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Intel Sandy Bridge vs Westmere vs Nehalem

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Old   February 20, 2011, 08:49
Default Intel Sandy Bridge vs Westmere vs Nehalem
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I am looking to buy a high end laptop to do my meshing and pre/post processing on the go.
I am wondering which Intel architecture would give me the best performance.

It is not clear ot me which of the 3 intel chips (Sandy Bridge/Nehalem/Westmere gives the best performance for a laptop. I know that the Westmere is better then the Nehalem for CFD desktops applications (higher memory bandwidth and more cores for same price). But what about for laptops and what about hte sandy bridge chip?

Does anybody have any recommendations for laptops/manufacturers giving what they feel is currently the best high end bang for the buck?

Thank you
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Old   February 22, 2011, 15:49
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afaik, while cfd calculations can be efficently parallelyzed, meshing and postprocessing is usually done serially (at least for commercial programs) so you should not have a huge advantage in having lot of cores. i would instead give my preference to speed, cache, and architecture (plus, obviously tons of ram).

given this,by hearth i would go with sandybridge (higher clock speed, bus and newer architecture), but not enought data have been available, especially on mobile versions, about the single thread performance, probably because of the sata controller bug of the build 2.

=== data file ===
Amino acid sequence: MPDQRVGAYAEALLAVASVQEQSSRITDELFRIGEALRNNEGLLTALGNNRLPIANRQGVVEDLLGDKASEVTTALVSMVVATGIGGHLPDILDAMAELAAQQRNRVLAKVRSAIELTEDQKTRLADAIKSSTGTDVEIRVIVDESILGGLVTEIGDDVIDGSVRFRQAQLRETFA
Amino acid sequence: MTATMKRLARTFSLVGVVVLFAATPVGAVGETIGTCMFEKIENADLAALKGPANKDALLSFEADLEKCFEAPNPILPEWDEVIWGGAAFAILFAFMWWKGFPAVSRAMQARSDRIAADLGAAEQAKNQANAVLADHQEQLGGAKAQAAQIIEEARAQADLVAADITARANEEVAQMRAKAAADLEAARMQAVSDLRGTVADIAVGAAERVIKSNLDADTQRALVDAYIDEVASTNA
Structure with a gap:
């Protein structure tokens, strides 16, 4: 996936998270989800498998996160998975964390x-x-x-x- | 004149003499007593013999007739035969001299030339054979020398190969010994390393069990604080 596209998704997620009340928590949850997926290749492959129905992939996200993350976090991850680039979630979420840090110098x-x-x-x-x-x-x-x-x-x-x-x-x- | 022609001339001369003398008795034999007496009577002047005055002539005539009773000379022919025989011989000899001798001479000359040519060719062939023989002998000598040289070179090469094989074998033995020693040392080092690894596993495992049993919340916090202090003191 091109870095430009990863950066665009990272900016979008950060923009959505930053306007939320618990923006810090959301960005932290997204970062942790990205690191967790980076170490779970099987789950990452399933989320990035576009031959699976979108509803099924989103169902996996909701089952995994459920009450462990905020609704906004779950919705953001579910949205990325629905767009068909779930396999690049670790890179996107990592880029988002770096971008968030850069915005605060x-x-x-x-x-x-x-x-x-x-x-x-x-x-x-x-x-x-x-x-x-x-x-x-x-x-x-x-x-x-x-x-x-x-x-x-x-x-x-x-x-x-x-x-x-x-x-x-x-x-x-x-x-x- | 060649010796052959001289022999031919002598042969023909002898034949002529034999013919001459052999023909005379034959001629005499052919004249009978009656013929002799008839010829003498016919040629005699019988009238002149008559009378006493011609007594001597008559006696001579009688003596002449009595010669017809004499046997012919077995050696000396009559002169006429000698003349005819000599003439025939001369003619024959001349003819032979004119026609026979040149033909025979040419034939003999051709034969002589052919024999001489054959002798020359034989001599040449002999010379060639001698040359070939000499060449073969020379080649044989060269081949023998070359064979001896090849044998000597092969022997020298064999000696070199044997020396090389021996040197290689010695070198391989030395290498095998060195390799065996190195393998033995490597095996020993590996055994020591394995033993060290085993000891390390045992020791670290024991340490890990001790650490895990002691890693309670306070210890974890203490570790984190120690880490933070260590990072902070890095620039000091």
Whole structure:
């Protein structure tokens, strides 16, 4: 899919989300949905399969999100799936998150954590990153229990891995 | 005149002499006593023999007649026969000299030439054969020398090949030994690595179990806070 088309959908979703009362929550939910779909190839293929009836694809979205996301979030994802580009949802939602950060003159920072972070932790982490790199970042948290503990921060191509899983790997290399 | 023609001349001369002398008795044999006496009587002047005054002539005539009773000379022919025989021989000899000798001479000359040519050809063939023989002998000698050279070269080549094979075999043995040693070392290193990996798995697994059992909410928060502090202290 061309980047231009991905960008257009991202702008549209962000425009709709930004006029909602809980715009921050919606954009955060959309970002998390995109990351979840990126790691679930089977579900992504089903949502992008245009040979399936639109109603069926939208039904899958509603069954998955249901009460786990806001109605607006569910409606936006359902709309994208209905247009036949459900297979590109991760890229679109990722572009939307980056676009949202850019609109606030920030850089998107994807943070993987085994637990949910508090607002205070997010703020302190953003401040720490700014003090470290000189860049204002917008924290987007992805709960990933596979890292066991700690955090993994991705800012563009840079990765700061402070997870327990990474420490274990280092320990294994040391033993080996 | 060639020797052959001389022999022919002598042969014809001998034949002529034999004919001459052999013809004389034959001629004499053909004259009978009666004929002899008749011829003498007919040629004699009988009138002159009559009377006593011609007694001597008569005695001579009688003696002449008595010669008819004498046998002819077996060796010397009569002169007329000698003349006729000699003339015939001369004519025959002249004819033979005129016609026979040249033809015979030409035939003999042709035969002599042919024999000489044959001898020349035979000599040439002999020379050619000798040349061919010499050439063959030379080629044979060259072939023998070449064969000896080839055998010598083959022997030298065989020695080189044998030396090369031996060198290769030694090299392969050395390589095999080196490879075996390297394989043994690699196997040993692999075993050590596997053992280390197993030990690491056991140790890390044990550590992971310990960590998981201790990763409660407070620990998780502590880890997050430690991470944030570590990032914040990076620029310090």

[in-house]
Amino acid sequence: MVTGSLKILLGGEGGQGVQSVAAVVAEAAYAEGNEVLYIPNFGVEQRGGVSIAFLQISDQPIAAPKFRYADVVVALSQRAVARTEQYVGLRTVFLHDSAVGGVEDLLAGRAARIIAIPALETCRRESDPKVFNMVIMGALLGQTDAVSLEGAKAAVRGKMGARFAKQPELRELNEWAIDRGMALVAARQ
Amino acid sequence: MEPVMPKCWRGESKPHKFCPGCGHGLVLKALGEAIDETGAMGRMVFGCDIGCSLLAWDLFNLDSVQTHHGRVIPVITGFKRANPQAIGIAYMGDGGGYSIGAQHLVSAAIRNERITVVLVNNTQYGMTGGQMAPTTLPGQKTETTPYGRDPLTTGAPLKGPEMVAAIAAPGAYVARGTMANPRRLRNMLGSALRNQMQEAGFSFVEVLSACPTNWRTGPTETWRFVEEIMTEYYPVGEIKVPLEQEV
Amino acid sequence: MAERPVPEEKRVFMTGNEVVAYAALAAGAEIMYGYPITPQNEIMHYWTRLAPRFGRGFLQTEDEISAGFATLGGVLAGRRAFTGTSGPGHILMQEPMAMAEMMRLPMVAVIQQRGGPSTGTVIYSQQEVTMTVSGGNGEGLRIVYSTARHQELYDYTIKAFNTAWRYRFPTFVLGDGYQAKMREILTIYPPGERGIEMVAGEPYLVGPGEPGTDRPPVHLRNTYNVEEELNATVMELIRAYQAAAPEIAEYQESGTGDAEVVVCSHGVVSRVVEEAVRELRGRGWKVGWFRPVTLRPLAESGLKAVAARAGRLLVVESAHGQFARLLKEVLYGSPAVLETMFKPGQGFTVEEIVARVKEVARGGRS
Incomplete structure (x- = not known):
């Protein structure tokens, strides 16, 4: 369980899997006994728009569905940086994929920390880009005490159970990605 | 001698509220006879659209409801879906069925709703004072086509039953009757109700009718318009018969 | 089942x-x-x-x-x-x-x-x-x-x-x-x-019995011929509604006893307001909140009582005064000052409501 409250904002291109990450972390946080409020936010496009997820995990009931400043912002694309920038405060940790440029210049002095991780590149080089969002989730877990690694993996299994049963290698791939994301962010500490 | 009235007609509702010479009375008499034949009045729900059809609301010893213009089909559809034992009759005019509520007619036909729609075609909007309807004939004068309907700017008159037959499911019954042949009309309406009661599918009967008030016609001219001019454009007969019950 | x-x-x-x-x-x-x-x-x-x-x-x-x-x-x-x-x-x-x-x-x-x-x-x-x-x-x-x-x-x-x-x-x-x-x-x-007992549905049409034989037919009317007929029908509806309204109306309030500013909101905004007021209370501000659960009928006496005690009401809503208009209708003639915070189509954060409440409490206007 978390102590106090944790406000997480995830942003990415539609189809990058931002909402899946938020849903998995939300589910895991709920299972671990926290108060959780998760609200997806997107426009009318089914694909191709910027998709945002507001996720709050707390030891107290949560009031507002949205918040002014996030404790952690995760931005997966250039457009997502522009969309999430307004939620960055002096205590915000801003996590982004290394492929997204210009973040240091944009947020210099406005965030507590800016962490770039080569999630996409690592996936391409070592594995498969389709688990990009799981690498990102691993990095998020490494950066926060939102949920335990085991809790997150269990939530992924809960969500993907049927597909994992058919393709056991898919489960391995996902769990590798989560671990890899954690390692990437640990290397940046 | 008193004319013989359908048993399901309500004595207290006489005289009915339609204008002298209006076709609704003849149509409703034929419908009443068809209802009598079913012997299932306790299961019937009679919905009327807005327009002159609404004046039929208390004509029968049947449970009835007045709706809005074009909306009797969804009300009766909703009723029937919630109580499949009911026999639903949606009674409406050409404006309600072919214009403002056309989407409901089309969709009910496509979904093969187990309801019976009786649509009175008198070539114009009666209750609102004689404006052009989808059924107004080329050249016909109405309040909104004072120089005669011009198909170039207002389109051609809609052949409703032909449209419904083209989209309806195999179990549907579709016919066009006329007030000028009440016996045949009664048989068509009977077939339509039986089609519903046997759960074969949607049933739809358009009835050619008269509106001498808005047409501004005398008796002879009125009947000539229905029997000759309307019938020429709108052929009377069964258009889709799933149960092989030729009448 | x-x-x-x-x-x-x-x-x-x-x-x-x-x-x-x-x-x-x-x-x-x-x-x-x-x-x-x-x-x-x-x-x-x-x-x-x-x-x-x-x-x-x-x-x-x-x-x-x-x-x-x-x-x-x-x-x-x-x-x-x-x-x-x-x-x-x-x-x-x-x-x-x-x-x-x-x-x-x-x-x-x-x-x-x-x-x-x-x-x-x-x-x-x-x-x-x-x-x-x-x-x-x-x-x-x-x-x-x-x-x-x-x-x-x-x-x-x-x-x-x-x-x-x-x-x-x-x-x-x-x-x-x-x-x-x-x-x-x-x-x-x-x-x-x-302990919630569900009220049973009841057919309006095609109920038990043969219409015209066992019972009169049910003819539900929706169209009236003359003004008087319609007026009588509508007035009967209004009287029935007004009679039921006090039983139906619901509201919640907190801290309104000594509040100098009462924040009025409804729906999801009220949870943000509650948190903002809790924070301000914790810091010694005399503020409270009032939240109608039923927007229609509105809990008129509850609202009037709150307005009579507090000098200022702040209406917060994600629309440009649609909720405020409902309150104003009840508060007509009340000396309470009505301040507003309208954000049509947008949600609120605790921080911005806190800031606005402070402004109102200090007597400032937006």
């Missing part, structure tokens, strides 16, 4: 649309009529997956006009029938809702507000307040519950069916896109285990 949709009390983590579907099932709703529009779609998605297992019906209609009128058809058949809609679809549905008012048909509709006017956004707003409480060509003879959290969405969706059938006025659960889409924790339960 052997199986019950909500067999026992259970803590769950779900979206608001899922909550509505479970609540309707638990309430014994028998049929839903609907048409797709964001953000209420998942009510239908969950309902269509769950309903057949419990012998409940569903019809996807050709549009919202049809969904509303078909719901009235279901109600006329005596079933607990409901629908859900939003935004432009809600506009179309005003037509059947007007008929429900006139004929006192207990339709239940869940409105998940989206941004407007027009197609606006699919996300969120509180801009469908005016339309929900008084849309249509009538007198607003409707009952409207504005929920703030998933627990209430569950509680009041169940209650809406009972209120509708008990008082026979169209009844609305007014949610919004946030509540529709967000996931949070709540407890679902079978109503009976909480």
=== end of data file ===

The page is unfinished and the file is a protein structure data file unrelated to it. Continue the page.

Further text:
as for a specific manufacturer I would reccomand dell. i have a precision m6500 and it is a joy to use. if you can wait a couple of months there should be the sandybridge version coming out soon...
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Old   May 1, 2011, 10:45
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Nehalem and Westermere are pretty much the same but the production process and memory controller. Therefore I would use no Westermere, because the memory controller is no longer included to the cpu die, but only connected with a qpi. This results in bad latency when accessing the memory.
Sandy-Bridge should benefit most when the cpu has a lot of cores due to the difference in communication.

Opposed to sail, I think, more cores could help a lot. When meshing (a seriell process) takes long, it will be a big mesh and therefore the solver will need a lot of computing time as well and can benefit from more cores.
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